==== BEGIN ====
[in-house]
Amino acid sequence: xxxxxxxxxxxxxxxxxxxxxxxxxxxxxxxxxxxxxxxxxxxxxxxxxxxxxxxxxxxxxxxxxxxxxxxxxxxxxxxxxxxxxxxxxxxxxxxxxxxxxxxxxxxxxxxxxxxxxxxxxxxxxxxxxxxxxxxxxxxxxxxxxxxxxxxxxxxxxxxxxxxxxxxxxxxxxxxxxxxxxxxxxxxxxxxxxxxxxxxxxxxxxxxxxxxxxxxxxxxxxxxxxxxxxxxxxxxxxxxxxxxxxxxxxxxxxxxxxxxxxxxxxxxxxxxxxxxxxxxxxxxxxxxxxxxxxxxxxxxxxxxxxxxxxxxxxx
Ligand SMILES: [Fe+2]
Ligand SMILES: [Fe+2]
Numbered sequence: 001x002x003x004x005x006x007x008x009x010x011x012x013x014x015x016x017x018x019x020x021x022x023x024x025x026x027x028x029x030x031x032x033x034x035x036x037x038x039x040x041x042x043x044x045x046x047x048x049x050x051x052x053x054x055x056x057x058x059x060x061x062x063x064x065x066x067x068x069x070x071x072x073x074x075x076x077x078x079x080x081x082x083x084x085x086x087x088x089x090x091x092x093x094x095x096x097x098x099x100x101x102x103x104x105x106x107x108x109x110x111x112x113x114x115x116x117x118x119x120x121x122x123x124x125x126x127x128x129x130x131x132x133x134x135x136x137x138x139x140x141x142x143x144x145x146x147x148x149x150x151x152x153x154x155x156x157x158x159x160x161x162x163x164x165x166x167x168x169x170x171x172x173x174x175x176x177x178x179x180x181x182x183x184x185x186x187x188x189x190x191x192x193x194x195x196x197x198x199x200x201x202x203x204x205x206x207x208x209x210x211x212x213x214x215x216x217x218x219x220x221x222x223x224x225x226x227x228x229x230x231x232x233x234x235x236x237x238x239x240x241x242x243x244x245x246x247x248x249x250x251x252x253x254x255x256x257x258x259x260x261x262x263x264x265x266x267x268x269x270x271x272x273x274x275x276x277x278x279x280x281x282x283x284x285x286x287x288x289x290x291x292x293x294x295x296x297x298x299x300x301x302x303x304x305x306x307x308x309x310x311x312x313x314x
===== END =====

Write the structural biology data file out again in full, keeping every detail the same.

[in-house]
Amino acid sequence: xxxxxxxxxxxxxxxxxxxxxxxxxxxxxxxxxxxxxxxxxxxxxxxxxxxxxxxxxxxxxxxxxxxxxxxxxxxxxxxxxxxxxxxxxxxxxxxxxxxxxxxxxxxxxxxxxxxxxxxxxxxxxxxxxxxxxxxxxxxxxxxxxxxxxxxxxxxxxxxxxxxxxxxxxxxxxxxxxxxxxxxxxxxxxxxxxxxxxxxxxxxxxxxxxxxxxxxxxxxxxxxxxxxxxxxxxxxxxxxxxxxxxxxxxxxxxxxxxxxxxxxxxxxxxxxxxxxxxxxxxxxxxxxxxxxxxxxxxxxxxxxxxxxxxxxxxx
Ligand SMILES: [Fe+2]
Ligand SMILES: [Fe+2]
Numbered sequence: 001x002x003x004x005x006x007x008x009x010x011x012x013x014x015x016x017x018x019x020x021x022x023x024x025x026x027x028x029x030x031x032x033x034x035x036x037x038x039x040x041x042x043x044x045x046x047x048x049x050x051x052x053x054x055x056x057x058x059x060x061x062x063x064x065x066x067x068x069x070x071x072x073x074x075x076x077x078x079x080x081x082x083x084x085x086x087x088x089x090x091x092x093x094x095x096x097x098x099x100x101x102x103x104x105x106x107x108x109x110x111x112x113x114x115x116x117x118x119x120x121x122x123x124x125x126x127x128x129x130x131x132x133x134x135x136x137x138x139x140x141x142x143x144x145x146x147x148x149x150x151x152x153x154x155x156x157x158x159x160x161x162x163x164x165x166x167x168x169x170x171x172x173x174x175x176x177x178x179x180x181x182x183x184x185x186x187x188x189x190x191x192x193x194x195x196x197x198x199x200x201x202x203x204x205x206x207x208x209x210x211x212x213x214x215x216x217x218x219x220x221x222x223x224x225x226x227x228x229x230x231x232x233x234x235x236x237x238x239x240x241x242x243x244x245x246x247x248x249x250x251x252x253x254x255x256x257x258x259x260x261x262x263x264x265x266x267x268x269x270x271x272x273x274x275x276x277x278x279x280x281x282x283x284x285x286x287x288x289x290x291x292x293x294x295x296x297x298x299x300x301x302x303x304x305x306x307x308x309x310x311x312x313x314x